Successfully Negotiating a Commercial Lease Agreement: Restrictive Covenants

February 4, 2013

Strip Mall It is perhaps one of a business’s worst nightmares. The business selects a space to rent, negotiates with the landlord, signs the leases and moves into the property, only to witness its landlord rent a nearby space to one of its chief competitors shortly thereafter. It is this nightmare scenario that motivates many commercial tenants to negotiate for the inclusion of restrictive covenants in their lease agreements, even though such provisions are often difficult to reach agreement on, and equally difficult to enforce.

Tenants often seek restrictive covenants to limit a competitor’s ability to move into one of the landlord’s other spaces. Landlords may also seek restrictive covenants, in order to limit the tenant’s permissible uses for the premises.

In order to be legally enforceable, a restrictive covenant’s terms must serve a legitimate business objective and be reasonable in accordance with New Jersey law. If a court is called upon to interpret the terms of a restrictive covenant, it will favor the interpretation that is the least restrictive.

Both landlords and tenants should approach restrictive covenants cautiously. A landlord or a tenant must take care to ensure its lease has restrictive covenants worded with substantial specificity. The landlord will seek to avoid granting too sweeping of exclusive use rights to a tenant so as not to handcuff its ability to fill its other rental spaces, while the tenant will seek a more restrictive term to protect its business interests. For instance, suppose a landlord grants a restrictive covenant to a Mexican restaurant tenant who rents out a space in one of its strip malls, but the landlord later rents another space in the same mall to a Guatemalan restaurant. Without a carefully worded covenant, the dispute could descend into costly litigation for both sides and, if the covenant is sufficiently ambiguous, could ultimately result in defeat for the Mexican restaurant tenant.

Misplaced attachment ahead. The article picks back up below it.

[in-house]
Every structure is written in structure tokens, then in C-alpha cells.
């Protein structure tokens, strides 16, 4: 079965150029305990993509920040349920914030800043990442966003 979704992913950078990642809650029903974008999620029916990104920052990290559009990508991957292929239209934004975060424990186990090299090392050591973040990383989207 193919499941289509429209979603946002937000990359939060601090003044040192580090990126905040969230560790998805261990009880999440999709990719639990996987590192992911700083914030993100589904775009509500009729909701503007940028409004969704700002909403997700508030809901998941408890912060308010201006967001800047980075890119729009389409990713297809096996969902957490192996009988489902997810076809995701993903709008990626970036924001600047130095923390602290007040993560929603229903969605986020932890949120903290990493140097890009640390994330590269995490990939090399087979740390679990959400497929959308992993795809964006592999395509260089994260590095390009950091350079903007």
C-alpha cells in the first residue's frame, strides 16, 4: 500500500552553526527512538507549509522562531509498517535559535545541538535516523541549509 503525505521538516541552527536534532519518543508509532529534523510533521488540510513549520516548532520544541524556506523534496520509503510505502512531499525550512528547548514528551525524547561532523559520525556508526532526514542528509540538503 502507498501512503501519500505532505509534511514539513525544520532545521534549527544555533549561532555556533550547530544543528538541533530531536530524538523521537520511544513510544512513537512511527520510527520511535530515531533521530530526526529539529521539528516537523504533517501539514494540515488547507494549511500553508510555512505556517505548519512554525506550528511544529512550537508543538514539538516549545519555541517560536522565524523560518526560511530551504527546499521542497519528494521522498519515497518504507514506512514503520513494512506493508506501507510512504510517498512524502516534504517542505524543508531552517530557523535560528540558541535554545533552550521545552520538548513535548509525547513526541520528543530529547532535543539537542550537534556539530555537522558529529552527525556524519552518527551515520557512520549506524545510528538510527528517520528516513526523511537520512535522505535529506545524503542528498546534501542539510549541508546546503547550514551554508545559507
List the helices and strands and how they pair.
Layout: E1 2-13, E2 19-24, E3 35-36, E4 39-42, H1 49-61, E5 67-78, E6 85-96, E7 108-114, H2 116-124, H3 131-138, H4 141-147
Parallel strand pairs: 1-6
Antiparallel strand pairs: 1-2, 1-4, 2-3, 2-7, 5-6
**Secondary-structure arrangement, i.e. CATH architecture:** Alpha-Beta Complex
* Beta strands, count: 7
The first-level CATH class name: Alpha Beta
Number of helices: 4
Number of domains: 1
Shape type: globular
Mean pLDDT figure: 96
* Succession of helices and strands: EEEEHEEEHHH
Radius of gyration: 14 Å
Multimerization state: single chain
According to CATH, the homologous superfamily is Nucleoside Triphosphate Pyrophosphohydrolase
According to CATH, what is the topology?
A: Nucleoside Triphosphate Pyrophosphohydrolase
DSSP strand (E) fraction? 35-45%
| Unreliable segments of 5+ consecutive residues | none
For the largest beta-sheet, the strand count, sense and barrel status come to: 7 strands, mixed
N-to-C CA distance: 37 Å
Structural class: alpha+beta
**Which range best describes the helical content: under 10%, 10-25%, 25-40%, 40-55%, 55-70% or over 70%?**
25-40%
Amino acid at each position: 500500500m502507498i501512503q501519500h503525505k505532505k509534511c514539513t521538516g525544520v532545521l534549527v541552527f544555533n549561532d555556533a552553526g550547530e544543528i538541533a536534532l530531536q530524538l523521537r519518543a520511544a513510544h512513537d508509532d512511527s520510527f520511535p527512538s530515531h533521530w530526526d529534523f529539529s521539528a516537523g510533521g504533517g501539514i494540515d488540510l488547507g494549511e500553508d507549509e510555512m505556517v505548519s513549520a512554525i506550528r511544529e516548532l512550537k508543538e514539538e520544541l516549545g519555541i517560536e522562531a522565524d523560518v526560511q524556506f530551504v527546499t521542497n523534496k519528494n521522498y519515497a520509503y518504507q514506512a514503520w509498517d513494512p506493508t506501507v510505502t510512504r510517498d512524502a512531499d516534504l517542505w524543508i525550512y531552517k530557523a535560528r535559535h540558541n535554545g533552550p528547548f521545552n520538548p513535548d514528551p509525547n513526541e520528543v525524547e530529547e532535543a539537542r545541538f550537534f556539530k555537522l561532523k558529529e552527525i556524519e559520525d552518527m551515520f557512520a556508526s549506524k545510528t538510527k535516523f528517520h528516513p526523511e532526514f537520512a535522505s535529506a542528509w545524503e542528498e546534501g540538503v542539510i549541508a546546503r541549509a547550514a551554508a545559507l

Another key to a landlord’s successful dealing with restrictive covenants is to maintain copies of the restrictive covenants it has agreed to with each of its tenants. This will help minimize the landlord’s risk of agreeing to covenants that are inconsistent or conflict with other tenancies, and will allow the landlord’s attorney to determine whether a potential new tenant’s proposed use conflicts with any of the covenants the landlord already signed. This can be vital in helping the landlord avoid a breach. Otherwise, a landlord may unknowingly commit a breach of a tenant’s exclusive rights. If the landlord breaches, a tenant’s legal remedies may include an award of damages, a rent adjustment or even allowing the tenant to terminate the lease earlier than initially agreed upon.

Restrictive covenants require careful consideration and even more careful drafting. With so much at stake, a landlord or a tenant should consult experienced legal counsel about the terms of a proposed covenant. To obtain the best quality advice about your rights, and how a restrictive covenant might affect your business objectives, consult the real estate attorneys at Samuel C. Berger, P.C. Our New Jersey real estate attorneys can help you ensure that any covenant you sign as part of your lease will help, not harm, your business. Reach us online or call (201) 587-1500 or (212) 380-8117.

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